I didn’t watch Sacha Baron Cohen’s last cinematic outing as Brüno (sometimes one just needs time, and distance) so I figured I would be ready for whatever he had to dish out as Aladeen in The Dictator.
I was right, and I was wrong.
The trailers for The Dictator did a good job of making it look funnier than his previous film. Sadly the trailers told only half the truth. The Dictator is funny, in bits. Like a sketch comedy show, or little YouTube clips.
As a movie? Not so much.
The story (if we must call it that) is about a dictator—the ruler of a fictional African nation called Wadiya—who is betrayed by his right hand man Tamir (Ben Kingsley) while they are on a trip to the US.
Tamir is motivated by greed and anger (he was actually the rightful heir to the throne of Wadiya) which makes him the bad guy. And Aladeen is motivated by an ingrained desire to oppress a people so he is…yeah, I don’t think I can use any version of the word good to complete this thought.
This is comedy through the Baron Cohen lens which means that he covers all the bases—the gold vehicles, the body doubles, the degradation of women, the willy-nilly orders for execution of anyone who offends him—in his quest for moments that make audiences laugh. But when he seeks to make us uncomfortable about the things we take for granted he comes off like a freshman college student seeking world peace through farcical comedy.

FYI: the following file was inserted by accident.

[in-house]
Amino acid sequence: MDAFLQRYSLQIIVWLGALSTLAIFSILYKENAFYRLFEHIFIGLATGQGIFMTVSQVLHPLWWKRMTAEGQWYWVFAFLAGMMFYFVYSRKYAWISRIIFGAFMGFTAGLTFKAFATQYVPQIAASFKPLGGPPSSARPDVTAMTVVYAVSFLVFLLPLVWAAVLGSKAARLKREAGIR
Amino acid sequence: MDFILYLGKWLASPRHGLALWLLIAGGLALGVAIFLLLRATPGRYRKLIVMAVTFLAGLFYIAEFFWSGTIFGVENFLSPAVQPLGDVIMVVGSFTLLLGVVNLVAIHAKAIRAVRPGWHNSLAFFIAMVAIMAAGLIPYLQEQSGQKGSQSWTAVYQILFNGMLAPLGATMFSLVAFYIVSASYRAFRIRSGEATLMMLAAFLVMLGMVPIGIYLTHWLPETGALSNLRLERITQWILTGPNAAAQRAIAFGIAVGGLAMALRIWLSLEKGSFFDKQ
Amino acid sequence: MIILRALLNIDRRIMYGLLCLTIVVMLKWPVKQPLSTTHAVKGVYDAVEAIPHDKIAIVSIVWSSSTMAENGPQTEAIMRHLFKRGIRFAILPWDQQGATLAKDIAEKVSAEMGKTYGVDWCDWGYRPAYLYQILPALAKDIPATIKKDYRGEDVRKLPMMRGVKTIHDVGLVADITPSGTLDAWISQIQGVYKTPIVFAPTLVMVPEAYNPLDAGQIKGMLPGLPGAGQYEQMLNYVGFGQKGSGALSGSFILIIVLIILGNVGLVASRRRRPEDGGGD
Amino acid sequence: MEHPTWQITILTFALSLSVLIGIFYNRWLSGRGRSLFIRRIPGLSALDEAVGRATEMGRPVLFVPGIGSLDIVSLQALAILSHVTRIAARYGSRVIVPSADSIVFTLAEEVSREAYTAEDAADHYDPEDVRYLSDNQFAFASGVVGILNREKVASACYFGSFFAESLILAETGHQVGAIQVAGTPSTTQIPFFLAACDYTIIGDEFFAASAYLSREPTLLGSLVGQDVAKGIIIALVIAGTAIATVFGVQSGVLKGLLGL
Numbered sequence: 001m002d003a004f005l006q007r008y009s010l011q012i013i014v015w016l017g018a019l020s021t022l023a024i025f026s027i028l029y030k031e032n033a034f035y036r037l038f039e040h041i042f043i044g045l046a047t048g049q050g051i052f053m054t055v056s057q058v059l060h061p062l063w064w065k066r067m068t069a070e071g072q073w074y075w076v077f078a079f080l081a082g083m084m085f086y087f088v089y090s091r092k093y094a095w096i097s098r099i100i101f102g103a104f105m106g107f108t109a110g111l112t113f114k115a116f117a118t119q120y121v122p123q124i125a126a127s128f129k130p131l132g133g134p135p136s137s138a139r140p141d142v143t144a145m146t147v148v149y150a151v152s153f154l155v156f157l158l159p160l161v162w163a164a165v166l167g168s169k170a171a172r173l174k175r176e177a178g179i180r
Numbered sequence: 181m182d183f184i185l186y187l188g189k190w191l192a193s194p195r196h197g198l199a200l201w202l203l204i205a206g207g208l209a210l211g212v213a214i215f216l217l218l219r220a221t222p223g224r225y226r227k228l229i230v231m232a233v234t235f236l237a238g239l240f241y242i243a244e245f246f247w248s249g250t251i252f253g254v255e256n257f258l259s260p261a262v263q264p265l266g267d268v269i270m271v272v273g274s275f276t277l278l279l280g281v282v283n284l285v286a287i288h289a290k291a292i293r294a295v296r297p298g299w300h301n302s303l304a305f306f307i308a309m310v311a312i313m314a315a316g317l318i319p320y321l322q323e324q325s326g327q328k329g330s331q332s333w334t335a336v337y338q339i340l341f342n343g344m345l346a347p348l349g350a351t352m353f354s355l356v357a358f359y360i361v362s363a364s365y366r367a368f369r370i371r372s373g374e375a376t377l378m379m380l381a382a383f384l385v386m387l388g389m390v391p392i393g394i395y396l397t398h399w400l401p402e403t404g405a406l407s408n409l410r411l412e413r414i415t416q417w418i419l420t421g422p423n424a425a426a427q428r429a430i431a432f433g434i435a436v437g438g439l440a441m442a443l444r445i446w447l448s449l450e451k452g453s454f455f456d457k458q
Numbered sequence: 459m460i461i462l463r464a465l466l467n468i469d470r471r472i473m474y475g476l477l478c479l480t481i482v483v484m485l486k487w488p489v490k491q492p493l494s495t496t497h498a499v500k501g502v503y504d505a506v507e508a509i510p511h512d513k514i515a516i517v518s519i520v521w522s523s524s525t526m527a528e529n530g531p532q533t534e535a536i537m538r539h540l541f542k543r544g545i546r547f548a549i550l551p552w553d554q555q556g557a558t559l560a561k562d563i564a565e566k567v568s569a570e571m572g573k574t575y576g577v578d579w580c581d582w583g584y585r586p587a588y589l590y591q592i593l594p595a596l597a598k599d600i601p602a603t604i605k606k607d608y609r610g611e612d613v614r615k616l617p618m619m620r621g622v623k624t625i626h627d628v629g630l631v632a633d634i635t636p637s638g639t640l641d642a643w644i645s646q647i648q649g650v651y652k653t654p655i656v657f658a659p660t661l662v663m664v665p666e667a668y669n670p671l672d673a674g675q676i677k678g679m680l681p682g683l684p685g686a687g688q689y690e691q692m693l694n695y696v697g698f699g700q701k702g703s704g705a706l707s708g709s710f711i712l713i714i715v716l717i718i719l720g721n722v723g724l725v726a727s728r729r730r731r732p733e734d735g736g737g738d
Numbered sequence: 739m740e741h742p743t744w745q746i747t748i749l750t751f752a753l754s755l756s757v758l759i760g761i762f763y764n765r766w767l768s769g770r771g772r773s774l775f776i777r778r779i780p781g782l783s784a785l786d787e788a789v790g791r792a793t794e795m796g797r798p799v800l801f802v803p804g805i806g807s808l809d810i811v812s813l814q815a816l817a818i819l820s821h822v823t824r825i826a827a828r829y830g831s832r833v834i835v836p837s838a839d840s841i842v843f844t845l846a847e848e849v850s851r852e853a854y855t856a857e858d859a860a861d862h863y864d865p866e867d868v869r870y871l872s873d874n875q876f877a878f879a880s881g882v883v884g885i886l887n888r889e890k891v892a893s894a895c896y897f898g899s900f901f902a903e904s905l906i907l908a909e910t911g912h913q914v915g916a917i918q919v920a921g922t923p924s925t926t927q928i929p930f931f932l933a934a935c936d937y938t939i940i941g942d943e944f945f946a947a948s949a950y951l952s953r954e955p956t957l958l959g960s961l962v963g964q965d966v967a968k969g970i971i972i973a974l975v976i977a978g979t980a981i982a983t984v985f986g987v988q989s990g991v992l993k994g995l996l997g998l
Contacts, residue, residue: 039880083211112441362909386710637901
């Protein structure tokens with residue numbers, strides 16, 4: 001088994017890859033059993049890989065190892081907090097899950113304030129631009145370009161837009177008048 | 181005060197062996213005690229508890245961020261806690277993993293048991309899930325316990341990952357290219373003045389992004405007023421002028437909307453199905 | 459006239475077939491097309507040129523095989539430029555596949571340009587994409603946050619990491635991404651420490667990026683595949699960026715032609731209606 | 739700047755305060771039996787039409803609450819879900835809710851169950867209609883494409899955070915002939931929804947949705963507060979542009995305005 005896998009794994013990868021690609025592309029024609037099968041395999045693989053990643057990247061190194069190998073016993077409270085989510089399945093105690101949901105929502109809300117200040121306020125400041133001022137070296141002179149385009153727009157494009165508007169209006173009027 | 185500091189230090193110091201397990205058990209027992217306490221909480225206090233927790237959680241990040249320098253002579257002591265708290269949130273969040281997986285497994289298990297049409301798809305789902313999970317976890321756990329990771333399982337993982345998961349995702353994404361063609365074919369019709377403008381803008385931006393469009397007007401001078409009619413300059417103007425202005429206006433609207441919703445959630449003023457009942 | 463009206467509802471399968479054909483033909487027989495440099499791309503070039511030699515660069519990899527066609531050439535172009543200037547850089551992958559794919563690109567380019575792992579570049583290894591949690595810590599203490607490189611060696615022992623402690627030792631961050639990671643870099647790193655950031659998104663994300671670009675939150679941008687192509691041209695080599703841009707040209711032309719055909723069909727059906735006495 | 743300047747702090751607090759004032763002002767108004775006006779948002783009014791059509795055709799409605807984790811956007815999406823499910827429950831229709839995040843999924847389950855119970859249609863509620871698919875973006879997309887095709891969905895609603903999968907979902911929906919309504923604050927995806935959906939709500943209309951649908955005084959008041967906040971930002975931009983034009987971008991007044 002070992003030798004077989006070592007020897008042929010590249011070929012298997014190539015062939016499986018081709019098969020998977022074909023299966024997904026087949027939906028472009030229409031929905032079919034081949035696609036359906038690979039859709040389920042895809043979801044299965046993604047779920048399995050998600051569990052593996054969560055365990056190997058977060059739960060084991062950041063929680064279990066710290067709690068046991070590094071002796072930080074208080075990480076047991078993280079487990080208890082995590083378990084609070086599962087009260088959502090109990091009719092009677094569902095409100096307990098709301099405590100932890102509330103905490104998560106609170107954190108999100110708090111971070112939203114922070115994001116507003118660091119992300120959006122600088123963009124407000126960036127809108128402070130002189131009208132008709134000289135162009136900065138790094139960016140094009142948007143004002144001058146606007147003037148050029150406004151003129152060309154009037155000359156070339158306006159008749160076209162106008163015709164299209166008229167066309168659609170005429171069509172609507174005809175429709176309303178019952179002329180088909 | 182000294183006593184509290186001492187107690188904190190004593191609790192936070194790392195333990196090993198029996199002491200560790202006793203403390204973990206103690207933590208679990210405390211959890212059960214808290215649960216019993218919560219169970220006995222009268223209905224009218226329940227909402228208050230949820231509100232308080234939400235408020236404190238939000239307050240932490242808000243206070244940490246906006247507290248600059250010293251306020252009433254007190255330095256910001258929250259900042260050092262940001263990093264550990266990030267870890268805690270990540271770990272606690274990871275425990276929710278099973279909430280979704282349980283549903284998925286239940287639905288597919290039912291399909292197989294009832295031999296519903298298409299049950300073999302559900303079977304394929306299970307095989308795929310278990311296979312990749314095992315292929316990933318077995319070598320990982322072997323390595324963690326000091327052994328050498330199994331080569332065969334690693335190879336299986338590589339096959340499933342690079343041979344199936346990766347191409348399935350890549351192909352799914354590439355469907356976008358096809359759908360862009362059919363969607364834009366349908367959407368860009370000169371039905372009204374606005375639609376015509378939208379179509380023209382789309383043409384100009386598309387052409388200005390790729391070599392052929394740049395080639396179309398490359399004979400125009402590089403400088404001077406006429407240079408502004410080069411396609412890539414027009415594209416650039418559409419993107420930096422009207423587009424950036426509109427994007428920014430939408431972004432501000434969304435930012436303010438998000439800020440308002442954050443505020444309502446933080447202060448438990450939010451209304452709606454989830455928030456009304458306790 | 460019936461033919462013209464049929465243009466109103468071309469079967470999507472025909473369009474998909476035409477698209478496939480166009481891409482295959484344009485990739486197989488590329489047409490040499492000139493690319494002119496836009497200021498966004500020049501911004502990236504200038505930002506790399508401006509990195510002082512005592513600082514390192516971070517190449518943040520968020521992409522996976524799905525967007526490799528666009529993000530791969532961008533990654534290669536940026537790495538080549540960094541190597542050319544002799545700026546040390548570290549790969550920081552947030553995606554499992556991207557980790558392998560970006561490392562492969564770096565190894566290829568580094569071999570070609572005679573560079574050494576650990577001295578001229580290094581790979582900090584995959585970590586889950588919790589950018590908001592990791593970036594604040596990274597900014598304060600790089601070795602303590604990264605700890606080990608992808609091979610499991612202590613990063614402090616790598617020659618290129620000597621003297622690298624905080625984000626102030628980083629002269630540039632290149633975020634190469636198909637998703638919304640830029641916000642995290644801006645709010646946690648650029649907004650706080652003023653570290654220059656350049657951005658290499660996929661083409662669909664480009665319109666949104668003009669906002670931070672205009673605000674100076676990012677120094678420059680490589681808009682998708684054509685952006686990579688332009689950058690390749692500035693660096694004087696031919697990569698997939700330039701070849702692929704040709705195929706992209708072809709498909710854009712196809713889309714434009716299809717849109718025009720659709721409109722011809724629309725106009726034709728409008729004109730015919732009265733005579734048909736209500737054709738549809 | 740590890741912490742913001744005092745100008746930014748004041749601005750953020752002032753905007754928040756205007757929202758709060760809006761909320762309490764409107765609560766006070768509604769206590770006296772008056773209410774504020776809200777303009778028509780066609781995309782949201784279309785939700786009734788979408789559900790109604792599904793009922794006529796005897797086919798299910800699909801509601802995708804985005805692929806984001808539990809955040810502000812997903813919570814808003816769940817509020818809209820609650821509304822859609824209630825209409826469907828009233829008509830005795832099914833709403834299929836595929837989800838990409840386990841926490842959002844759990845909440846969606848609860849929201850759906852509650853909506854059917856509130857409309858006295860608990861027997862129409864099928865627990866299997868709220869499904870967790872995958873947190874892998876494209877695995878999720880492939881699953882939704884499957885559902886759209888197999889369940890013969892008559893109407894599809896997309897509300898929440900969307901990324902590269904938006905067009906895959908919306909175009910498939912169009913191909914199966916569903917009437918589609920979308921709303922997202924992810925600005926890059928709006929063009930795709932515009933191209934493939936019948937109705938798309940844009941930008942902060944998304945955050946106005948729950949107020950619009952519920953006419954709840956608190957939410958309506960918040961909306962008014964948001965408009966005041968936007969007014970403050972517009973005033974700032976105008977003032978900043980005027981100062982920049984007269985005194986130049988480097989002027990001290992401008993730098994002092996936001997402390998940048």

I can see how this movie wouldn’t play well at all in the politically-correct parts of the world. But I also think it doesn’t work because the doofus-meets-girl-of-his-dreams-and-reforms routine really doesn’t work in this avatar.
In Borat his journey held a tremendous sense of ‘what will this moron do next?’ which is sorely missing in The Dictator. And Anna Faris as the activist free-spirit who takes Aladeen in when he is transformed into a nobody (by the shaving of his beard), really doesn’t gain any sympathy.
The bit with Megan Fox (playing herself, kind of) is funny for the words the writers get her to say. Some of that physical stuff is also funny (kicking the kid, tossing the trashcan out into the street, slapping the obnoxious customer), but we already saw it in the trailers. The Wadiyan versions of really famous songs are also quite amusing (I wonder whether Aladeen sang them all as well). But, the formula of a politically incorrect man attempting to straddle the fine line between gross-out and ha-ha-hilarious is not as effective as it was that one time.
Perhaps it’s time for Mr. Cohen to put on the fake teeth and play somebody really outrageous for a change.
Know what I mean?